Successful Healing and Return to Work

  1. Report all incidents to your supervisor as early as possible, even if you aren't certain you will seek medical attention.  Workers’ Compensation claims require timely notice, a delay in reporting could negatively hinder appropriate care, delay healing and increase costs of the claim as well as put your eligibility for workers’ compensation benefits at risk.

  2. Follow directions provided by your medical care provider and claim examiner.

  3. Participate in opportunities for temporary, transitional return to work if you are not immediately able to return to regular job duties.  Appropriate job activities facilitate healing and prevent unnecessary economic loss to the employee.  MUS offers Stay-at-Work/Return-to-Work Assistance intended to facilitate meaningful temporary, transitional work opportunities within their medically approved abilities during the healing process.  Employees who are capable of work but choose not to work are not eligible for workers’ compensation time-loss/wage-replacement benefits.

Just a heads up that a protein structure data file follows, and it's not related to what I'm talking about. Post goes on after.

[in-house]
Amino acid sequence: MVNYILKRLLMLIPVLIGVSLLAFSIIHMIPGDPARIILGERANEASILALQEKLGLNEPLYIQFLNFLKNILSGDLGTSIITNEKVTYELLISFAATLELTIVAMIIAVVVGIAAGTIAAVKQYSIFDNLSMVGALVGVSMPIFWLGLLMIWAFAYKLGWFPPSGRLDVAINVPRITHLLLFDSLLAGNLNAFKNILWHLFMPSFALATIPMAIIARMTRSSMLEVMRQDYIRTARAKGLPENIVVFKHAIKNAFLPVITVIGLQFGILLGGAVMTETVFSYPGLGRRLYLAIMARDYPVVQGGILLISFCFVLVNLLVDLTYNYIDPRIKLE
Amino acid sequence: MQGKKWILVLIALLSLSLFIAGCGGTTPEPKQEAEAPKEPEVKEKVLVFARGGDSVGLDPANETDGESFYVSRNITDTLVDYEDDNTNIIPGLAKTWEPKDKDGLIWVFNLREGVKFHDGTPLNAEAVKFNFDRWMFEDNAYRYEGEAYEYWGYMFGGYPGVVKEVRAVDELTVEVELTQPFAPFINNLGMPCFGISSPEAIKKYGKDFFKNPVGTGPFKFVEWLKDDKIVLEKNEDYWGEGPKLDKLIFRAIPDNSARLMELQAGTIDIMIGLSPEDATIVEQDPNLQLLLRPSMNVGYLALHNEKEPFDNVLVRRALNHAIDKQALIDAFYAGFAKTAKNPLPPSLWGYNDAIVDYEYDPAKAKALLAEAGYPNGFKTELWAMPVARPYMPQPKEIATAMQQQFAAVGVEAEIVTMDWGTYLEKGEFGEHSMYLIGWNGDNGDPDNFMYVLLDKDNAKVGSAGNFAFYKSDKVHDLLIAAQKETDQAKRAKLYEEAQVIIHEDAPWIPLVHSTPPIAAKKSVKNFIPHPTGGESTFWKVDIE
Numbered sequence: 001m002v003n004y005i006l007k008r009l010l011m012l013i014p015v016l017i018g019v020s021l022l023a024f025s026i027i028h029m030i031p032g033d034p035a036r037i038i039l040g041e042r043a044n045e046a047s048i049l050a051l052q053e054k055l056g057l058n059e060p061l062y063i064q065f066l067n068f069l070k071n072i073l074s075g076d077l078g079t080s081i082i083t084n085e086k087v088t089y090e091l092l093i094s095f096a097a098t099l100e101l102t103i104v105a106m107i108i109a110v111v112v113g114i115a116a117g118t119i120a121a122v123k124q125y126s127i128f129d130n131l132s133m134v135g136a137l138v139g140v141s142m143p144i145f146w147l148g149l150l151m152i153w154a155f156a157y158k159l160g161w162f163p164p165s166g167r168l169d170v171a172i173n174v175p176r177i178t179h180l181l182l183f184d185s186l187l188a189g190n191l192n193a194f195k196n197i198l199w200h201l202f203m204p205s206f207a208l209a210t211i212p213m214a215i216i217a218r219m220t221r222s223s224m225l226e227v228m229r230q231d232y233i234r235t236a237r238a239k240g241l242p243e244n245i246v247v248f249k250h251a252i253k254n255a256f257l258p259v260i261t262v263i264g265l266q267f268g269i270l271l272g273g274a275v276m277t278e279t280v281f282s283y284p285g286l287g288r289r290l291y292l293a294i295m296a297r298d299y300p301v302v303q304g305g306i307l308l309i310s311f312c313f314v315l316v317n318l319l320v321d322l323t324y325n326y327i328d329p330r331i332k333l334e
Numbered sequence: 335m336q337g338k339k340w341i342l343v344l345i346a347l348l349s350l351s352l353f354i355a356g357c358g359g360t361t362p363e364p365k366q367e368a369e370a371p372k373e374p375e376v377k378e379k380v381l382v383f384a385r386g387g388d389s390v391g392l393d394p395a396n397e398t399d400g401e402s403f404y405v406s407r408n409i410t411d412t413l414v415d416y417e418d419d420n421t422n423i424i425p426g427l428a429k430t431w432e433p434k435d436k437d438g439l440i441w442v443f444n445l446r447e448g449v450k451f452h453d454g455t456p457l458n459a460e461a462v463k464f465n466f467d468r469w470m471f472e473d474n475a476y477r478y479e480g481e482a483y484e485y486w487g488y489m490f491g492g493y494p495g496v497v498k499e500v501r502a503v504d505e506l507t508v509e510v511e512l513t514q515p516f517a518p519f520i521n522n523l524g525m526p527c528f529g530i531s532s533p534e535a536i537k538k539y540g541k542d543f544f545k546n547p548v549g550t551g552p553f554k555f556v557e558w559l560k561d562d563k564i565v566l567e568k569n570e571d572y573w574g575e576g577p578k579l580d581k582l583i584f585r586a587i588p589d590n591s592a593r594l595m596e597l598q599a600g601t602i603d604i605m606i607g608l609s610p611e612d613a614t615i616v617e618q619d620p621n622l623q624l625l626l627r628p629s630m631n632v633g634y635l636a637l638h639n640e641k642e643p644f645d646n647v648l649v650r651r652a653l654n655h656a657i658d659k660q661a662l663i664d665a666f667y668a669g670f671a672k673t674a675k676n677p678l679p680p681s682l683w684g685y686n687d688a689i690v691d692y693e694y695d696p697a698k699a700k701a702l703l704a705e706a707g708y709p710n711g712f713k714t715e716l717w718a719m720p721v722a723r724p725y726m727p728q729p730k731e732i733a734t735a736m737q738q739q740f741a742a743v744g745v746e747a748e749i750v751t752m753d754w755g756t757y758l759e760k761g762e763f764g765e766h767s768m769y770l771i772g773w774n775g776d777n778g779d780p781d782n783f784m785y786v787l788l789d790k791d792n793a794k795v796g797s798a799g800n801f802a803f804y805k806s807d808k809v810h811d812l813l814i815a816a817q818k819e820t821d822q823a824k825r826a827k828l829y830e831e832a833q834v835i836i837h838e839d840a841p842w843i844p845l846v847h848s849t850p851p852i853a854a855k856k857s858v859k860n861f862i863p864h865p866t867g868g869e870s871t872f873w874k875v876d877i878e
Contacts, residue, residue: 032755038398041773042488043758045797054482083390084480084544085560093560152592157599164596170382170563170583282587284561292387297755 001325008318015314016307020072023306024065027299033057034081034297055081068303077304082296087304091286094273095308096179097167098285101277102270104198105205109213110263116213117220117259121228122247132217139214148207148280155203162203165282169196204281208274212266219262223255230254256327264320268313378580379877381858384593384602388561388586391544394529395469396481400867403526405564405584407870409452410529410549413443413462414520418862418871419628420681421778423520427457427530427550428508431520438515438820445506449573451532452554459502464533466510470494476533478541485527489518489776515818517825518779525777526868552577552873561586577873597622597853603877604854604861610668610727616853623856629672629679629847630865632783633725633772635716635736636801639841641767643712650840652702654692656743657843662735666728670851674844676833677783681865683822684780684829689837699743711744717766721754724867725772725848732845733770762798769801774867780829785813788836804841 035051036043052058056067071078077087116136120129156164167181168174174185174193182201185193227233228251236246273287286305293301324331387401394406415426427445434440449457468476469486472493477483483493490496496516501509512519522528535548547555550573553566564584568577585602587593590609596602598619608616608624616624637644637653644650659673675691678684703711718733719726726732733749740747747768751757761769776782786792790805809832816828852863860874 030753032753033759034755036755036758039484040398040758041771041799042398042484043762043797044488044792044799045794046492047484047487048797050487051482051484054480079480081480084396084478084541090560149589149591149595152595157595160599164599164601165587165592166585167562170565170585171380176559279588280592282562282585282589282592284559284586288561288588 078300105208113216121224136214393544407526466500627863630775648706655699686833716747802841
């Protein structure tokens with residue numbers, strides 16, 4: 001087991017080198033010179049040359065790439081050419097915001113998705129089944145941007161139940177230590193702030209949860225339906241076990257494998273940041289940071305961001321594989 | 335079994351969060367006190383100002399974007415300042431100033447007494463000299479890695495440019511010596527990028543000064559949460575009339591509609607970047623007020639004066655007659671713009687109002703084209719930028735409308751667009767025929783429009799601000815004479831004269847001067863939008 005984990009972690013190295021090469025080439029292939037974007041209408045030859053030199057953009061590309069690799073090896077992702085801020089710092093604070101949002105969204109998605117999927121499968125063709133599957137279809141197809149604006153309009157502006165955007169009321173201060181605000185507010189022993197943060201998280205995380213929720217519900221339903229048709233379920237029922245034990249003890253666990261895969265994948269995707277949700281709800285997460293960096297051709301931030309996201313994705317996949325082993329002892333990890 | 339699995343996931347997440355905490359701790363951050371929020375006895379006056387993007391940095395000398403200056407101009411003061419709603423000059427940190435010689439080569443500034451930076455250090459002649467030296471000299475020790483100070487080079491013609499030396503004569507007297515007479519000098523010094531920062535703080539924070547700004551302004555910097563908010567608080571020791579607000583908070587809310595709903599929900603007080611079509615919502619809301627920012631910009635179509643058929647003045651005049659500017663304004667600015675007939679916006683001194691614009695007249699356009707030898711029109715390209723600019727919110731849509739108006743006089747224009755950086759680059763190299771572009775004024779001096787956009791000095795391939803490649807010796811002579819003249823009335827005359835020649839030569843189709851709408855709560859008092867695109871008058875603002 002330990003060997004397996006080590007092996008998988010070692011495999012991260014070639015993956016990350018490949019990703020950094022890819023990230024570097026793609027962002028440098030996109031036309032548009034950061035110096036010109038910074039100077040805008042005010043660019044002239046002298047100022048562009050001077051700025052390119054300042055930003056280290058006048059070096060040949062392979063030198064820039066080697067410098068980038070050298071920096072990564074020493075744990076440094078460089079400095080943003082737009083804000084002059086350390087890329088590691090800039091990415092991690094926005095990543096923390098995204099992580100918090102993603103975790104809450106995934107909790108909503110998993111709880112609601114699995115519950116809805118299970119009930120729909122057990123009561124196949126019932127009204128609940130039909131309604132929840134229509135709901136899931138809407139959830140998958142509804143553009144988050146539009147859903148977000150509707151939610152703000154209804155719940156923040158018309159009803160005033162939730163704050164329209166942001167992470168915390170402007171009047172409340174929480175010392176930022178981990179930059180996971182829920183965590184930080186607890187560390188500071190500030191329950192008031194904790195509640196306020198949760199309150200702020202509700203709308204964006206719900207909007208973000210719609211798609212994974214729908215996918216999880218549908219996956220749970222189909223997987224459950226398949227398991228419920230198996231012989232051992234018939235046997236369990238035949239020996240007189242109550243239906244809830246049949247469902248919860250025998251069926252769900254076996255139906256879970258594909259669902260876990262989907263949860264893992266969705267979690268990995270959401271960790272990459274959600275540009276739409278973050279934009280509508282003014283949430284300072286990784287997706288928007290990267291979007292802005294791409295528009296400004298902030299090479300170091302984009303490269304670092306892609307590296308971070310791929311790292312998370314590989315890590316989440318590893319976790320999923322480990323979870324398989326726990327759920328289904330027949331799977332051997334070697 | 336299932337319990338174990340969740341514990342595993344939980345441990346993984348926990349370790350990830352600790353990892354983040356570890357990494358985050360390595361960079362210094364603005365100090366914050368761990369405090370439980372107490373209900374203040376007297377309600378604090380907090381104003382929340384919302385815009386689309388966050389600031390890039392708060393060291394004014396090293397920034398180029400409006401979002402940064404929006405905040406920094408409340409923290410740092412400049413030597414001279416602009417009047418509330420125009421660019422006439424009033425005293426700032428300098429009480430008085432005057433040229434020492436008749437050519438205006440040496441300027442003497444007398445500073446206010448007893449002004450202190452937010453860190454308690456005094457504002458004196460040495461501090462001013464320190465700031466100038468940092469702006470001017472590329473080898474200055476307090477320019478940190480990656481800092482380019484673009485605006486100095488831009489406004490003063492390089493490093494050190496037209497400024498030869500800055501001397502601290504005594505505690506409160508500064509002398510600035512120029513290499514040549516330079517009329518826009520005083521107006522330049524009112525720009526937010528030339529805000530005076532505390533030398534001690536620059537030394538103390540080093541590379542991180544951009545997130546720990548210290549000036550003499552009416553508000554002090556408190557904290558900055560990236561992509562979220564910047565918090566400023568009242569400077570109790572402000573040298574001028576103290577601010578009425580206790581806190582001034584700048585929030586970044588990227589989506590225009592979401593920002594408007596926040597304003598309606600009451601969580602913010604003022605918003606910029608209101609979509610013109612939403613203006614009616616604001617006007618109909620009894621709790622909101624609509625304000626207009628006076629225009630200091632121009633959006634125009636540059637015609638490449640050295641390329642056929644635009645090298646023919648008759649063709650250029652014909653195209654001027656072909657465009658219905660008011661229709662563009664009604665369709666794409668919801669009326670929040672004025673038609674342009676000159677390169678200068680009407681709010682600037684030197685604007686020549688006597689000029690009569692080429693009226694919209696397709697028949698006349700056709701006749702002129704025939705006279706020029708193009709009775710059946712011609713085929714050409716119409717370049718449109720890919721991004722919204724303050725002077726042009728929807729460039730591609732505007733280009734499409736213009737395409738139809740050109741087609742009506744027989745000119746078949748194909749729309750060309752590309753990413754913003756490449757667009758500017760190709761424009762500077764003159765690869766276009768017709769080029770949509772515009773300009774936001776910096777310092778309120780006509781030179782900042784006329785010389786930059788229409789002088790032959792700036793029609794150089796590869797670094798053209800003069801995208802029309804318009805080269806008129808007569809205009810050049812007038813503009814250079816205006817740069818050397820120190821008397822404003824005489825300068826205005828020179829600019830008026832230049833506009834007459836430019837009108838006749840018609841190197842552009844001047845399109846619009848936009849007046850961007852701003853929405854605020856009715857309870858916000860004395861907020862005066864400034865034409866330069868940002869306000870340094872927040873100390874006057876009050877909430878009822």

4. Prevent future injuries to you or your co-workers by assisting with injury prevention strategies and by following safe work practices. 

  5. An injury or time away from work can be stressful, and often other stressors occur at the same time that can slow recovery and return to work.  Managing stress in healthy ways is important to the healing process.  Eating a healthy diet, getting enough sleep, and staying connected with family, friends, and co-workers is important during recovery. The MUS Employee Assistance Plan (EAP) offers numerous resources to help you manage financial and personal stressors